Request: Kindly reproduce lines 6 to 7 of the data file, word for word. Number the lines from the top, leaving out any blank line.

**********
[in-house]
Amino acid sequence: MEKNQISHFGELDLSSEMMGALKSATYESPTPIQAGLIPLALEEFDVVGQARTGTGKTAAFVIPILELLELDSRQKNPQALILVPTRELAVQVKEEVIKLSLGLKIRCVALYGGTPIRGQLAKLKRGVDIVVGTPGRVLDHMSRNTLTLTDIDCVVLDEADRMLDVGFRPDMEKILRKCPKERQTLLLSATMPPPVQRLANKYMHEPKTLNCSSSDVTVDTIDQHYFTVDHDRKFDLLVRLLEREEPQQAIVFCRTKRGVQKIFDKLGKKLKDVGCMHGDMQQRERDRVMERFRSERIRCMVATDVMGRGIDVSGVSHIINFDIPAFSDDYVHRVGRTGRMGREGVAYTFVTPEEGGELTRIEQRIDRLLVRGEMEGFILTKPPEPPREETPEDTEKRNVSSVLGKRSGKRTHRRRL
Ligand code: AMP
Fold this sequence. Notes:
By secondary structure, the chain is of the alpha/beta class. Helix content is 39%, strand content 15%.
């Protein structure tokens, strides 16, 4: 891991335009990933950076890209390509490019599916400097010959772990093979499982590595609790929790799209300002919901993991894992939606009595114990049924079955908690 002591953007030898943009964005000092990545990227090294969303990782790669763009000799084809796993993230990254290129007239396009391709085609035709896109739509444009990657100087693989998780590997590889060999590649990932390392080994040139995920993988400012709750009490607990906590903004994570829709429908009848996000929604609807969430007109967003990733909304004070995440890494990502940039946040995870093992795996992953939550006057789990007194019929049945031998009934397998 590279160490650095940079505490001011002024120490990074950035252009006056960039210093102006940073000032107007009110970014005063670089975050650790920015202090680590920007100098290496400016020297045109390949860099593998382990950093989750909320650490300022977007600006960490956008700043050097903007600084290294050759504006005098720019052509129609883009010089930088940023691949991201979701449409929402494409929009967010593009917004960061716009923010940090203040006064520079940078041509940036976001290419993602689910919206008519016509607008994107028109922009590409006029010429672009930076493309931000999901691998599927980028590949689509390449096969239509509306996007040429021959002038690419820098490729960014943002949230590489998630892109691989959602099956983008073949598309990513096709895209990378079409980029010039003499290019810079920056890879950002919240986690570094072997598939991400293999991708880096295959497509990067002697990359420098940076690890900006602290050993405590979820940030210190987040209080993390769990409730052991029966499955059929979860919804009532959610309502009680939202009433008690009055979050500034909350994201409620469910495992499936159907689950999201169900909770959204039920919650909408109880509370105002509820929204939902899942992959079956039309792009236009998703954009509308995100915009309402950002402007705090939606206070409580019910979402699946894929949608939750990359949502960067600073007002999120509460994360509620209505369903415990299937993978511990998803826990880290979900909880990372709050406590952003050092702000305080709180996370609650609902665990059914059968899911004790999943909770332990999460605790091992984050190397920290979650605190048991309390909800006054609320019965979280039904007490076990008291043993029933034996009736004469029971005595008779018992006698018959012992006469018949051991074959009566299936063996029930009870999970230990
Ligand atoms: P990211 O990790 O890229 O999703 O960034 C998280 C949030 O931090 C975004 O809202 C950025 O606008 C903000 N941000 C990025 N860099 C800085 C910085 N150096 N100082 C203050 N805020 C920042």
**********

């Protein structure tokens, strides 16, 4: 891991335009990933950076890209390509490019599916400097010959772990093979499982590595609790929790799209300002919901993991894992939606009595114990049924079955908690 002591953007030898943009964005000092990545990227090294969303990782790669763009000799084809796993993230990254290129007239396009391709085609035709896109739509444009990657100087693989998780590997590889060999590649990932390392080994040139995920993988400012709750009490607990906590903004994570829709429908009848996000929604609807969430007109967003990733909304004070995440890494990502940039946040995870093992795996992953939550006057789990007194019929049945031998009934397998 590279160490650095940079505490001011002024120490990074950035252009006056960039210093102006940073000032107007009110970014005063670089975050650790920015202090680590920007100098290496400016020297045109390949860099593998382990950093989750909320650490300022977007600006960490956008700043050097903007600084290294050759504006005098720019052509129609883009010089930088940023691949991201979701449409929402494409929009967010593009917004960061716009923010940090203040006064520079940078041509940036976001290419993602689910919206008519016509607008994107028109922009590409006029010429672009930076493309931000999901691998599927980028590949689509390449096969239509509306996007040429021959002038690419820098490729960014943002949230590489998630892109691989959602099956983008073949598309990513096709895209990378079409980029010039003499290019810079920056890879950002919240986690570094072997598939991400293999991708880096295959497509990067002697990359420098940076690890900006602290050993405590979820940030210190987040209080993390769990409730052991029966499955059929979860919804009532959610309502009680939202009433008690009055979050500034909350994201409620469910495992499936159907689950999201169900909770959204039920919650909408109880509370105002509820929204939902899942992959079956039309792009236009998703954009509308995100915009309402950002402007705090939606206070409580019910979402699946894929949608939750990359949502960067600073007002999120509460994360509620209505369903415990299937993978511990998803826990880290979900909880990372709050406590952003050092702000305080709180996370609650609902665990059914059968899911004790999943909770332990999460605790091992984050190397920290979650605190048991309390909800006054609320019965979280039904007490076990008291043993029933034996009736004469029971005595008779018992006698018959012992006469018949051991074959009566299936063996029930009870999970230990
Ligand atoms: P990211 O990790 O890229 O999703 O960034 C998280 C949030 O931090 C975004 O809202 C950025 O606008 C903000 N941000 C990025 N860099 C800085 C910085 N150096 N100082 C203050 N805020 C920042």